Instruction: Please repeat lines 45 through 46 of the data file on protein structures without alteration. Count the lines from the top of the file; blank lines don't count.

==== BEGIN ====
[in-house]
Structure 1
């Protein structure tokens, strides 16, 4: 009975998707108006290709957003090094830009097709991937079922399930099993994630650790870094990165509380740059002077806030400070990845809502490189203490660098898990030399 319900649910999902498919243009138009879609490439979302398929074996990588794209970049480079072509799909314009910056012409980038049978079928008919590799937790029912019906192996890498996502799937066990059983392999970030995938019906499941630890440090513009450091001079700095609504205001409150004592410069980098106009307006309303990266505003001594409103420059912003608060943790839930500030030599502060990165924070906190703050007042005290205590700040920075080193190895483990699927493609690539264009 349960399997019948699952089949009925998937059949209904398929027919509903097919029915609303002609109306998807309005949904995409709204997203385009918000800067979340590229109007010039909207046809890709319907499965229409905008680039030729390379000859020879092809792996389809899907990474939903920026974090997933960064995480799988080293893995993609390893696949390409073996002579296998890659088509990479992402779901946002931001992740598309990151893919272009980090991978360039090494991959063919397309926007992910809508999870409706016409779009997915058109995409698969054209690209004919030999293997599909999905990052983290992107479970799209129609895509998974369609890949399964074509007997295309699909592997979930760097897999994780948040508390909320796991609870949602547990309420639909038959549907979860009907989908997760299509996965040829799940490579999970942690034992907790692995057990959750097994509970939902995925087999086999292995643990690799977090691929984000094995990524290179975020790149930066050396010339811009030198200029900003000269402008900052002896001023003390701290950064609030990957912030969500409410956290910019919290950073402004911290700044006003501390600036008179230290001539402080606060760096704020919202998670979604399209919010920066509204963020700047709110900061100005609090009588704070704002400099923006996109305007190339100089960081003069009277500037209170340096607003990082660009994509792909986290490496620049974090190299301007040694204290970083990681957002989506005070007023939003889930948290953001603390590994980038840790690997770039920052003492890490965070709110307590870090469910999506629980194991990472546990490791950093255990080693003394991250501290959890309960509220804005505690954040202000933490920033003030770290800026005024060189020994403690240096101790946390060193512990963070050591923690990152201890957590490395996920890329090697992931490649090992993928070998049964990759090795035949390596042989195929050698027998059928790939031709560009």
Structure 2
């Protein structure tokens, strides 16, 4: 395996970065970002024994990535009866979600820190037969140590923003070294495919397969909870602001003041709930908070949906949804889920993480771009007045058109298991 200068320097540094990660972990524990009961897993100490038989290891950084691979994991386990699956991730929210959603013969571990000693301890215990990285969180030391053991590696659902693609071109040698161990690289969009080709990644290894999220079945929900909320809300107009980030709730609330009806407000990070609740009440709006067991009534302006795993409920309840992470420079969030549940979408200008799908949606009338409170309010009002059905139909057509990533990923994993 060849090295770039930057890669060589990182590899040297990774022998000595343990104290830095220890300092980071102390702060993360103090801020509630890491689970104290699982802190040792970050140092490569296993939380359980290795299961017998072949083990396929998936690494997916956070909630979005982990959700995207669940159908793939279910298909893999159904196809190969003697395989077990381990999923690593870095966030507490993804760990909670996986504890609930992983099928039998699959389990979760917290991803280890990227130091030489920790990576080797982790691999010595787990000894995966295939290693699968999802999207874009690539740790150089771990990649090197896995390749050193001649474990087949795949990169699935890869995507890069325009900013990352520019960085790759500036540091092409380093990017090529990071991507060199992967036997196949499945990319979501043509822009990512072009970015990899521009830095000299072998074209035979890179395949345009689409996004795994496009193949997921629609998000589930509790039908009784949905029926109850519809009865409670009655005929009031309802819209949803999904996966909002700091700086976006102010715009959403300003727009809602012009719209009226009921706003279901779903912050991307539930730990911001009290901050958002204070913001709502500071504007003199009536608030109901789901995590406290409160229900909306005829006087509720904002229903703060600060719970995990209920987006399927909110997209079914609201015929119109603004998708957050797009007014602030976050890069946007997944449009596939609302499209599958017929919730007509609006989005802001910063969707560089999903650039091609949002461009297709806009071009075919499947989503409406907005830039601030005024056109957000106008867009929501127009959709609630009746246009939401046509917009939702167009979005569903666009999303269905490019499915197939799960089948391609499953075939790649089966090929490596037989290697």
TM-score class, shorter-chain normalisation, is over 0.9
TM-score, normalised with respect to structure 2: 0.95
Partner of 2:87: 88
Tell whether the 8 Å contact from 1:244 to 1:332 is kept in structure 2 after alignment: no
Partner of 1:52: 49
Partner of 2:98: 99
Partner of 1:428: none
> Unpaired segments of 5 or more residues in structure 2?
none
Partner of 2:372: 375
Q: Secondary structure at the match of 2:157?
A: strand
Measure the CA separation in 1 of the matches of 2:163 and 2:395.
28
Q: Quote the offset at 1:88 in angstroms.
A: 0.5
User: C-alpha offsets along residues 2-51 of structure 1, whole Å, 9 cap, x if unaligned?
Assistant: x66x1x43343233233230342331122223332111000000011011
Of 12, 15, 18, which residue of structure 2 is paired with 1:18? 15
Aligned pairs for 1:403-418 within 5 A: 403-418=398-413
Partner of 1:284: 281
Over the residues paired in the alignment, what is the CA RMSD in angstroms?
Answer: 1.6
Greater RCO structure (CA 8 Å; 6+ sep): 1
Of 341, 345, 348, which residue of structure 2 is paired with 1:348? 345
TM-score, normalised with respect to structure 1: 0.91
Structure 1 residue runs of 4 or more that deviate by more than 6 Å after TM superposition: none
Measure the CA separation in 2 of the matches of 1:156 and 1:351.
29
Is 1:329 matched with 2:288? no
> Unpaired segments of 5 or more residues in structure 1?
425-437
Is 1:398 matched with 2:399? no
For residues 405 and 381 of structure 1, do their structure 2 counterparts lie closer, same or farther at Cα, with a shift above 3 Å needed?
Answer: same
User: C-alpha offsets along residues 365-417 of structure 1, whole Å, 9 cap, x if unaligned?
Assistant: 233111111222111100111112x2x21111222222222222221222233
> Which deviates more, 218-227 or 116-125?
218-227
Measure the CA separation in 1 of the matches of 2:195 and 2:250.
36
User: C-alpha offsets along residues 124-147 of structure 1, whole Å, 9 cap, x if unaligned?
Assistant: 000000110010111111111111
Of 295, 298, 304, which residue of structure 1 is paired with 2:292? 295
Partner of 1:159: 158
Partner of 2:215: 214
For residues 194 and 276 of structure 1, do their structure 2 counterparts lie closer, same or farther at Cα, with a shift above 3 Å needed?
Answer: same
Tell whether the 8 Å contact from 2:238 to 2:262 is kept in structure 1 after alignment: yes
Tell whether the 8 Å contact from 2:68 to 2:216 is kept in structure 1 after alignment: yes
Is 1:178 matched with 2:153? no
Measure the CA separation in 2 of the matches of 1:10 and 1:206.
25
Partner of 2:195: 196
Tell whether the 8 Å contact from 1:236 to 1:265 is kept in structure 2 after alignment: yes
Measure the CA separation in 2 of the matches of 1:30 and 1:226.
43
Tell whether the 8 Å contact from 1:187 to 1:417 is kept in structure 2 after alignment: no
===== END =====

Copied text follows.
Measure the CA separation in 1 of the matches of 2:195 and 2:250.
36